Thoughts on 9/11: How can we design resiliency?

I am enough of a utilitarian that when I think of tragedy -- like the sorrowful events of eight years ago -- I always ask: Did we learn anything from the pain?  When it comes to 9/11, I think we, as a people, have not learned the most important lesson: resiliency.  I believe that the backbone of resiliency in our governance, our food supply, our defense, and our communications comes from the ability to quickly reroute around any attack or disruption of our social or economic system.


In turn, the bedrock design of any resilient complex system is, at its core, modular, and has simple rules for decentralization of decision rights and efficient means to self-organize when the "center" is gone.  This design philosophy is why packet-switched networks have won out over circuit switched ones.  It is why special forces train to "self-sychonize" and operate effectively when all heirarchy and authority is either unavailable, or destroyed.

But, if I look at the measures since 9/11, it seems we have become more centralized -- not less.  It seems our systems are more fragile, not less.  Why?  I'm not exactly sure.  Perhaps it is because we have a mechanistic view of control, not an organic one.  Nature is not a machine, but we want our society to be one.  Maybe it is because the simplistic rhetoric of mass media -- amplified by the echo chambers of the internet can only tolerate solutions which promise to be "absolutely safe" -- even when their proponents know they are not.  Perhaps it is just that we are too lazy to think through new designs.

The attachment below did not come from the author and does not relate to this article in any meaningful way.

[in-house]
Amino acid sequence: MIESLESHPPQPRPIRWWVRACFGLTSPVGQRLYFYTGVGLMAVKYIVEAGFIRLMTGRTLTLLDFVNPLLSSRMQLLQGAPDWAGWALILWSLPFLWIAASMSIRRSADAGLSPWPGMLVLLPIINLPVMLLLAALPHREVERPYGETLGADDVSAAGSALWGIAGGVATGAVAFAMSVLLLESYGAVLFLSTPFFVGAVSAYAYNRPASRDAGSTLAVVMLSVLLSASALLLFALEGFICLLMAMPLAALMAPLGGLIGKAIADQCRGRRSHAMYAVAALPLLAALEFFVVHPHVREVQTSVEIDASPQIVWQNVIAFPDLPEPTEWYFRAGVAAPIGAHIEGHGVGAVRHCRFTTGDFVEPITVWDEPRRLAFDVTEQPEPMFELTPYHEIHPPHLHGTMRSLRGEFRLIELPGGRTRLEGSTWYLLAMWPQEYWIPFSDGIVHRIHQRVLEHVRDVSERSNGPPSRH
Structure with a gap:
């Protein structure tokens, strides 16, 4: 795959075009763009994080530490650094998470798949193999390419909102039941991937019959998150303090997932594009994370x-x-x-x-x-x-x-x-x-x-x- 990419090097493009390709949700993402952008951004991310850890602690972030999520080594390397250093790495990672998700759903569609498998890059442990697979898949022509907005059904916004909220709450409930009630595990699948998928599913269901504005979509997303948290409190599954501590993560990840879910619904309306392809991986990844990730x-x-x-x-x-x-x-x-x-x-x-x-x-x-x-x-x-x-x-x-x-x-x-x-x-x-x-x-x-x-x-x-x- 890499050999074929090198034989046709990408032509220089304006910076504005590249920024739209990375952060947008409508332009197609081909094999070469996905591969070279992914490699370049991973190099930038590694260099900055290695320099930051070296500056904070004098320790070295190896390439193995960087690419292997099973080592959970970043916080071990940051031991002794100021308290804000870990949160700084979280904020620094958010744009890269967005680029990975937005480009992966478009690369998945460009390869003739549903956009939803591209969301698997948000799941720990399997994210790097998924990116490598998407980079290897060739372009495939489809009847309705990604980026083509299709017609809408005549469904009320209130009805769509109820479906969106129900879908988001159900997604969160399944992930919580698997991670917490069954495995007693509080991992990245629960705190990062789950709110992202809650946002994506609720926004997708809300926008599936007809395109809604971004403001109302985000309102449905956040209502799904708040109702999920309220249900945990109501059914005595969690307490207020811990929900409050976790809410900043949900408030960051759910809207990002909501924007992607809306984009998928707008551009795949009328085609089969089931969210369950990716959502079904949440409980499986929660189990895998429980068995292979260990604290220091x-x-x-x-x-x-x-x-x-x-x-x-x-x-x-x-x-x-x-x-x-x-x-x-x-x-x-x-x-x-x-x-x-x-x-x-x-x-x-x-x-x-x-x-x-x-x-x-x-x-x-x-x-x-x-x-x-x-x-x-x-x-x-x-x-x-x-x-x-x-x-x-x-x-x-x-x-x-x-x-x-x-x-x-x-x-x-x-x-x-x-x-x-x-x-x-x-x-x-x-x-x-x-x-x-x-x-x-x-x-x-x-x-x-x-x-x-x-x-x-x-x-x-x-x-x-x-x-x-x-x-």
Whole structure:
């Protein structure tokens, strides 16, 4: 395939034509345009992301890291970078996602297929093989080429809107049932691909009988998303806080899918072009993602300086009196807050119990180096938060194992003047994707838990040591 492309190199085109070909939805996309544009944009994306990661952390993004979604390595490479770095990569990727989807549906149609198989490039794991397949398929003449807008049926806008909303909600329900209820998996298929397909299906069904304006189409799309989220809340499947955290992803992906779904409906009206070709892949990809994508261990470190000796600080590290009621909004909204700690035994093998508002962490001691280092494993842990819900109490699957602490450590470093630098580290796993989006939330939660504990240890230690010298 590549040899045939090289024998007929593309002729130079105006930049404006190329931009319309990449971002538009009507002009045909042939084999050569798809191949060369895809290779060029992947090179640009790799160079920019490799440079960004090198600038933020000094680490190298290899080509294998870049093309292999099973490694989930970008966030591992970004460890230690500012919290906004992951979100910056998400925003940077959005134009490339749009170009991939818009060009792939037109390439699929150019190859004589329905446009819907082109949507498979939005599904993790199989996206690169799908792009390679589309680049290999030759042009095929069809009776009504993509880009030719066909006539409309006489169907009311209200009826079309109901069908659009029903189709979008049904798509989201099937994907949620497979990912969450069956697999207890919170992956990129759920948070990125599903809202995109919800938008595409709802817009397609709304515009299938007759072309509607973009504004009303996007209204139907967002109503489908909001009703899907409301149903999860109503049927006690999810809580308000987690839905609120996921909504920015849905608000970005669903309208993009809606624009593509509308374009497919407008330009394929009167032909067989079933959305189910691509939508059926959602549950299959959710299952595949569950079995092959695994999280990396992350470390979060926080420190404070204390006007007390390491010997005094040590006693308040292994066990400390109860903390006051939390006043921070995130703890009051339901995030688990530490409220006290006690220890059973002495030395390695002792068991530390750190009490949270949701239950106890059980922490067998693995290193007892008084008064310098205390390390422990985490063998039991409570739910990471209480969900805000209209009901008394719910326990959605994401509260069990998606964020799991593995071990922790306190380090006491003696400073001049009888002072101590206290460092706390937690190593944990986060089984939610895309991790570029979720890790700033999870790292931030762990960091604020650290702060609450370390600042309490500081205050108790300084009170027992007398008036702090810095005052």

What would real preparedness look like?  Well, I think we should have decentralized water purification; decentralized power generation, the ability to set up mesh networks on non-commercial frequencies for communication, and a set of laws that lay out what happens when the central authority cannot exert control.  And, we should practice how to set up these self-sychronizing efforts.

Once I suggested to a set of senior Navy officers that they ought to use Iraq as a way to experiment with and design this type of modular infrastructure.  Imagine a new type of pick up truck that had a water purification system (there are very small, high volume devices for water purification) power generation, and a communications node which was part of a mesh network.  It would be possible to literally "drive the infrastructure into place".  Furthermore, if an area became unstable the infrastructure could be driven out -- and with it all phone, radio, television and internet service.  That would be quite an incentive to keep the peace.

If we used these war zones to help get the technology and organization systems right, as well as drive the cost down, we could deploy an efficient, decentralized, modular infrastructure that could help us when we need it.  If we really want resilience, we have to design it in -- not hope it will happen.  It will take a new mind set.  I hope we are up for it!

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